COVID-19: AstraZeneca vaccine linked to rare neurological disorder in India, England

AstraZeneca
A vial and sryinge are seen in front of a displayed AstraZeneca logo in this illustration taken January 11, 2021. Image Credit: REUTERS

New Delhi: Eleven individuals who received the AstraZeneca-Oxford COVID-19 vaccine have developed a rare neurological disorder called Guillain-Barre syndrome, clinicians in India and England have reported in two separate studies.

The studies, published in the peer-reviewed medical journal ‘Annals of Neurology’, describe an unusual variant of Guillain-Barre syndrome characterised by prominent facial weakness. All the 11 cases were among people who had received that vaccine 10-22 days earlier.

Seven cases were reported from a regional medical centre in Kerala, India, where approximately 1.2 million people were vaccinated with the AstraZeneca COVID-19 vaccine till April 22. The cases occurred within two weeks of the first dose of vaccination.

“Six out of the seven patients progressed to areflexic quadriplegia and required mechanical ventilatory support,” said Boby Varkey Maramattom, from the Department of Neurology, Aster Medcity, Kochi, Kerala.

“The frequency of GBS was 1.4 to 10 fold higher than that expected in this period for a population of this magnitude. In addition, the frequency of bilateral facial weakness, which typically occurs in less than 20 per cent of GBS cases, suggests a pattern associated with the vaccination,” he added.

Four cases were reported from Nottingham, England, in which approximately 700,000 people received the same vaccine. These were characterised by bifacial weakness with a paraesthesias variant of GBS occurring within three weeks of vaccination with the Oxford-AstraZeneca SARS-CoV-2 vaccine.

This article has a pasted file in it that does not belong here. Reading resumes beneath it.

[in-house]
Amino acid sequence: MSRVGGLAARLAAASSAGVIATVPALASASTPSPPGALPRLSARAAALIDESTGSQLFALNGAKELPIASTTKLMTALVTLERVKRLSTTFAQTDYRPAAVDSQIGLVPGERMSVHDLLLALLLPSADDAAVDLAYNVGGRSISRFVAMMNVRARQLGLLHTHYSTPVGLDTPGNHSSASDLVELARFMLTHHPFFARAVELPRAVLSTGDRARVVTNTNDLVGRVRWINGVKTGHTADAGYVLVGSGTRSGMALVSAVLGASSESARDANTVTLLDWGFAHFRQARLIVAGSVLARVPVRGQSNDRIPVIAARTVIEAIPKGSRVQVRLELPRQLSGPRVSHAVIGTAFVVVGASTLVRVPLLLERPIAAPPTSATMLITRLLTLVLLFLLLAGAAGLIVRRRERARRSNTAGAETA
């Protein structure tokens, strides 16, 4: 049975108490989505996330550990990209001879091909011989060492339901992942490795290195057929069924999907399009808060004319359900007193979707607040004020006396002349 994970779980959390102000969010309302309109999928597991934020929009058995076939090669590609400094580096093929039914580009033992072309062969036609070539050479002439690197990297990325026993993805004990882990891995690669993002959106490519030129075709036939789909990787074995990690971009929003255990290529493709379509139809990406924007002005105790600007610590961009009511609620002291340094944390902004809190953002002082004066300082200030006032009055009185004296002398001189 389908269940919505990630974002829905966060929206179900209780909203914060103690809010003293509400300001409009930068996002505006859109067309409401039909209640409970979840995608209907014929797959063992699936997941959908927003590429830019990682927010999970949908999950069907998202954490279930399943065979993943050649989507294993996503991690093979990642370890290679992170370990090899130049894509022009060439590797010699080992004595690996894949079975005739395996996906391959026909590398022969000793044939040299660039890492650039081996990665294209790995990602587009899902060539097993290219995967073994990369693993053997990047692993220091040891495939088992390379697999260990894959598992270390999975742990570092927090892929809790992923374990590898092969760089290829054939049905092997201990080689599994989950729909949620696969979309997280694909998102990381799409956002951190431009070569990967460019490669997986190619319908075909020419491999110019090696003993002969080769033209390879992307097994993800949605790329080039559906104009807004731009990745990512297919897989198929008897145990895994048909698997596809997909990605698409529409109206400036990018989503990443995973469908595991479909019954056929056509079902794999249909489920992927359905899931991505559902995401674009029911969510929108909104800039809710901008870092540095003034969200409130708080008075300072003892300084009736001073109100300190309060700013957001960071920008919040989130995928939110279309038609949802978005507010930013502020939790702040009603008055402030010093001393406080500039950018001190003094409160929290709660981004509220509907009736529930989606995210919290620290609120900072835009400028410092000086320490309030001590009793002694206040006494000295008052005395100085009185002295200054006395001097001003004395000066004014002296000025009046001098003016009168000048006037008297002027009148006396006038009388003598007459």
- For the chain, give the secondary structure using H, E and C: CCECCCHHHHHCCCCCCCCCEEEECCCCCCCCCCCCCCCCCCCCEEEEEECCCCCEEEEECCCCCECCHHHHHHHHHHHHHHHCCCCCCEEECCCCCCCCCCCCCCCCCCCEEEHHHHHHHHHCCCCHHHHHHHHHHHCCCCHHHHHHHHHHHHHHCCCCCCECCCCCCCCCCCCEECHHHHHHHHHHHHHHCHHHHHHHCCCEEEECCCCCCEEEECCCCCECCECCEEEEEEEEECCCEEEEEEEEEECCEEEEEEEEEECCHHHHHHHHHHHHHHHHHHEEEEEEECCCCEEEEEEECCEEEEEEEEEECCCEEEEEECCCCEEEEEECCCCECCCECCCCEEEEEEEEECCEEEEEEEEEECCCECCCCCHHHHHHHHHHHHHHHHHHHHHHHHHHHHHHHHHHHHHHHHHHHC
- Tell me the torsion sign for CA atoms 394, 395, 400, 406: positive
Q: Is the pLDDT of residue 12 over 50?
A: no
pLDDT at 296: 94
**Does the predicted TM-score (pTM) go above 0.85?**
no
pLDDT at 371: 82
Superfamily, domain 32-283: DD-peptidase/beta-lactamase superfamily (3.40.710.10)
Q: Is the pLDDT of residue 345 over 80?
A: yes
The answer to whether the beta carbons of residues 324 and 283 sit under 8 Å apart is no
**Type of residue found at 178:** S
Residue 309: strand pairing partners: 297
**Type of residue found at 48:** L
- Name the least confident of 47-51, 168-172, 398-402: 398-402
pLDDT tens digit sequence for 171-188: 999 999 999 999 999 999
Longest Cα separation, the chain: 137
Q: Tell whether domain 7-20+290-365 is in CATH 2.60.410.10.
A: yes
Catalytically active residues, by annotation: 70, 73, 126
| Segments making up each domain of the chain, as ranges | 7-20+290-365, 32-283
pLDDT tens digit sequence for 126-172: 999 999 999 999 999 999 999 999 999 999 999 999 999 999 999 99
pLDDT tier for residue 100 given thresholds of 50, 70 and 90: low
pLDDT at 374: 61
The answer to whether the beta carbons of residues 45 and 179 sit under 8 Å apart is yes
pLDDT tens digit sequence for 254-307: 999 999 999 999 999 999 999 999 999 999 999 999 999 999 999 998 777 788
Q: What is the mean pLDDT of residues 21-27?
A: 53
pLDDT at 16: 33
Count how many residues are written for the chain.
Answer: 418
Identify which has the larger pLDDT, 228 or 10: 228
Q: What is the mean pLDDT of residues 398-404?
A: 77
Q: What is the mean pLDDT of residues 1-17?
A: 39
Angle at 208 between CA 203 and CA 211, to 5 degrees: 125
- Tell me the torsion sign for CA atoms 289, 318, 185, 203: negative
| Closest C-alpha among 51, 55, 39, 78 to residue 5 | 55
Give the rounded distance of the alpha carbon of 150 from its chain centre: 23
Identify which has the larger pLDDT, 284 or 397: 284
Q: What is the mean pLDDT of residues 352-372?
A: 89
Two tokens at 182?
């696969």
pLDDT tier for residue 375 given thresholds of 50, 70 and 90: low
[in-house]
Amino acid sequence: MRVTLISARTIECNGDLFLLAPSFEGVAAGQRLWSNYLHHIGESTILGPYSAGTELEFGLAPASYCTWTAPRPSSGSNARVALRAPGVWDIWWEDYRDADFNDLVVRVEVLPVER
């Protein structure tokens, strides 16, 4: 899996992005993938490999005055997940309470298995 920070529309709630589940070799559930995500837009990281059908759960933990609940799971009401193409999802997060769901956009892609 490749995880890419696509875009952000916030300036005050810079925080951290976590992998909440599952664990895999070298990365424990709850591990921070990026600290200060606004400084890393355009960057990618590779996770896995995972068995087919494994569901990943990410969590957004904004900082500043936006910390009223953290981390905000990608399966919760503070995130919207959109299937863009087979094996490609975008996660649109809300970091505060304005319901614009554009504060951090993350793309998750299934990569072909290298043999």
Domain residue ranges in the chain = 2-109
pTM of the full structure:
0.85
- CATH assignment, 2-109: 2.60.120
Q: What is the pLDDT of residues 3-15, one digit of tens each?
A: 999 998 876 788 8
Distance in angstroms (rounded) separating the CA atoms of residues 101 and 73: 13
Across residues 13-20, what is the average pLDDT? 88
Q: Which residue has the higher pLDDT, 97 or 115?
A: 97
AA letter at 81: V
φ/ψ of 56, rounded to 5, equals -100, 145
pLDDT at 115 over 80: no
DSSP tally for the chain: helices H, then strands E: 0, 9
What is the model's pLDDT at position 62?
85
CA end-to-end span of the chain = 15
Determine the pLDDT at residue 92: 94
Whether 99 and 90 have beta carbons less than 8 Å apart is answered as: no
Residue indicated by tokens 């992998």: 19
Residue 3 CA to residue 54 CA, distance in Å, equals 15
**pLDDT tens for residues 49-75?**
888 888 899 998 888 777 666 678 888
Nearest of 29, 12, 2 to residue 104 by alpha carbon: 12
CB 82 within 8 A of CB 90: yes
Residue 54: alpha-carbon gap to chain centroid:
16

“This rare neurological syndrome has previously been reported in association with SARS-CoV-2 infection itself. Our cases were given either intravenous immunoglobulin, oral steroids, or no treatment,” said Jonathan Rhys Evans, Department of Neurology, Nottingham University Hospitals NHS Trust, UK.

“If the link is causal it could be due to a cross-reactive immune response to the SARS-CoV-2 spike protein and components of the peripheral immune system,” wrote the authors of the report from England.

While the benefits of vaccination substantially outweigh the risk of this relatively rare outcome (5.8 per million), the research groups stressed that clinicians should be alert to this possible adverse event and look for this rare neurological syndrome following administration of COVID-19 vaccines.

“We suggest vigilance for cases of bifacial weakness with paraesthesias variant GBS following vaccination for SARS-CoV-2 and that post-vaccination surveillance programmes ensure robust data capture of this outcome, to assess for causality,” Evans said.